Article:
Hackers Spot Permanent Vulnerability in Apple's Secure Enclave
You may not have heard of it but the Secure Enclave is the padlock protecting almost all your Apple products. As described by the firm, the feature "is a secure coprocessor that includes a hardware-based key manager, which is isolated from the main processor to provide an extra layer of security."
It can be found on certain versions of iPhone, iPad, Mac, Apple TV, Apple Watch, and HomePod. All data on these devices is encrypted with random private keys, which are only accessible by the Secure Enclave. The coprocessor then stores the keys that manage sensitive data such as your passwords.
"The Secure Enclave also maintains the integrity of its cryptographic operations even if the device kernel has been compromised. Communication between the Secure Enclave and the application processor is tightly controlled by isolating it to an interrupt-driven mailbox and shared memory data buffers, "writes Apple.
If you are still confused, you should know that Secure Enclave basically functions like this: when you store a private key in the hardware, you never actually deal with the key directly. Instead, you assign the Secure Enclave the task of generating the key, securely storing it, and performing operations with it. In the end, you receive only the output of these operations, making it nearly impossible for the key to become compromised.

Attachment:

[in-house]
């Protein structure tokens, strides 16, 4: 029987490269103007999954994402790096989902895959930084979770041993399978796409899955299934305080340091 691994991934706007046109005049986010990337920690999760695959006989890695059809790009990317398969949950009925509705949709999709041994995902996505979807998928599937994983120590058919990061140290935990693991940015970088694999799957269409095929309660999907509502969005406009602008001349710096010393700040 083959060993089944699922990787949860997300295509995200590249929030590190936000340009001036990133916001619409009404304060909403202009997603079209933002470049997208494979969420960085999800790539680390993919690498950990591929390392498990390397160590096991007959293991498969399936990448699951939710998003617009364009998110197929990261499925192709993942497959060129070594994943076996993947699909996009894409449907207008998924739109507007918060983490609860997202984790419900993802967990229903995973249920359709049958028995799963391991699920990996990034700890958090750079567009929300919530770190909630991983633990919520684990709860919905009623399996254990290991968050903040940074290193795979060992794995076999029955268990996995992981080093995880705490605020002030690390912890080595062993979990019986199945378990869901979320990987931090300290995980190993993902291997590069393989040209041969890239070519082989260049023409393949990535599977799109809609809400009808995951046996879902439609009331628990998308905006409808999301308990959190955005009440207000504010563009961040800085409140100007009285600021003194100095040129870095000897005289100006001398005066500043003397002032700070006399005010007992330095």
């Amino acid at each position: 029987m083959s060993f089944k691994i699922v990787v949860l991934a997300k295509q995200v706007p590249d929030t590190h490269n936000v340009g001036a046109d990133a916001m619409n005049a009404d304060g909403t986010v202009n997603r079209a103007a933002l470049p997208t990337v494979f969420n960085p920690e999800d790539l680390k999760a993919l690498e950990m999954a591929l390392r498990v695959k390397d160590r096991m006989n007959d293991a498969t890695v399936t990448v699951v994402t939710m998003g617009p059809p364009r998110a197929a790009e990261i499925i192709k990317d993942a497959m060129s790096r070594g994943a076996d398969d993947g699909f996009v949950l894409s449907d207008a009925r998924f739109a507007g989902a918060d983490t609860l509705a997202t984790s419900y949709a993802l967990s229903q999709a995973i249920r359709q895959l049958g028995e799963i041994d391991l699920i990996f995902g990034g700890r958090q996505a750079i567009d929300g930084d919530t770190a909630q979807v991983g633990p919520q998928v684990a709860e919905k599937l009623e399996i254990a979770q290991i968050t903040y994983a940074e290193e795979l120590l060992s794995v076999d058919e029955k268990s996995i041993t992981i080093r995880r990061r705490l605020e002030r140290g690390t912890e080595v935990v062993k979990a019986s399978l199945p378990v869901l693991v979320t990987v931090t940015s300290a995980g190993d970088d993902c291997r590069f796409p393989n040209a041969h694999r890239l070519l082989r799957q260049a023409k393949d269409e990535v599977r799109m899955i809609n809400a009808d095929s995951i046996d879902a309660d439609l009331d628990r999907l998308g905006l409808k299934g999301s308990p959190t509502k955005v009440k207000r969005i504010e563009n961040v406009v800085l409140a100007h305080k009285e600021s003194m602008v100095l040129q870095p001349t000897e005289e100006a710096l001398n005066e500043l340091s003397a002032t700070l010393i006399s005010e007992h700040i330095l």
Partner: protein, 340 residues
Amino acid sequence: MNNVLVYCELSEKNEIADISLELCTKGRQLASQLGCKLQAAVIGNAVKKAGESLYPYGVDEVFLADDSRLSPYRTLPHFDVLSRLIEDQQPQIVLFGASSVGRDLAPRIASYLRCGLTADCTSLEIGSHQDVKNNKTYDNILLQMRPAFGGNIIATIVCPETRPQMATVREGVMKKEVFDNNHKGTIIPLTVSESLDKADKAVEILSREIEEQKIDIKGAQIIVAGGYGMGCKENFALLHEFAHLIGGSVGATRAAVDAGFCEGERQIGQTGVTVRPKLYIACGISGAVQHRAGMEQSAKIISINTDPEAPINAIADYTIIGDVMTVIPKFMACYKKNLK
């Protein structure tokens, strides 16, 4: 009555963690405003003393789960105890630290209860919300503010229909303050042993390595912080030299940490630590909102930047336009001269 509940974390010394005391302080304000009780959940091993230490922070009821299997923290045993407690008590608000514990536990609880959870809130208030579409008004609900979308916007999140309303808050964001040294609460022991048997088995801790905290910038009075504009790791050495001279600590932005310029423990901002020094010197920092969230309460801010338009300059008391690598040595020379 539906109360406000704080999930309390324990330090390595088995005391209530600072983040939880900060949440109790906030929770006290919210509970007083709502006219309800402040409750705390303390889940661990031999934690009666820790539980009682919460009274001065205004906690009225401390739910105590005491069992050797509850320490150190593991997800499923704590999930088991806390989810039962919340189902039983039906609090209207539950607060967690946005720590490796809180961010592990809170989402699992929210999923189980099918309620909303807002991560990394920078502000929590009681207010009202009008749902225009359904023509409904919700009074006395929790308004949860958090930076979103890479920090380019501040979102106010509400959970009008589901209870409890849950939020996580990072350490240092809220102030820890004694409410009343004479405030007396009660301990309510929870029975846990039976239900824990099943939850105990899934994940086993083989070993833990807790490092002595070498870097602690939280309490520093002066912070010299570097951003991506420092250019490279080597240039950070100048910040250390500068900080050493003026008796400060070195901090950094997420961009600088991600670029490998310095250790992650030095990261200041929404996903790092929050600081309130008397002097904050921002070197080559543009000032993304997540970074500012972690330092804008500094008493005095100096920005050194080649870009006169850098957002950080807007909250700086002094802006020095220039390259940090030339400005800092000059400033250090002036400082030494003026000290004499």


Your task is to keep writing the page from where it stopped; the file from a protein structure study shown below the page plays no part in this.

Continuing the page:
Hackers have been trying to mess with the Security Enclave for a while. In 2017, a group succeeded in decrypting the Secure Enclave firmware but failed to gain access to the private keys, leaving users safe and sound.
However, Chinese hackers from the Pangu Team have now found a weakness on the hardware that could result in breaking the encryption of private security keys, reported 9to5 Mac. The unpatchable exploit could give you a reason to worry.
As the exploit is not in the system software, but rather in the hardware, Apple can not remotely fix the devices that carry it. No details have yet been provided as to what hackers may do with this latest exploit but it is reassuring to note that an exploit such as this would require a hacker to have physical access to the device.
As such, Apple users can at least rest easy knowing their phones and other devices can not be remotely hacked. It should also be noted that Apple has a history of rewarding hackers for spotting vulnerabilities which means the firm is likely already looking for a solution to the issue. Good luck Apple!
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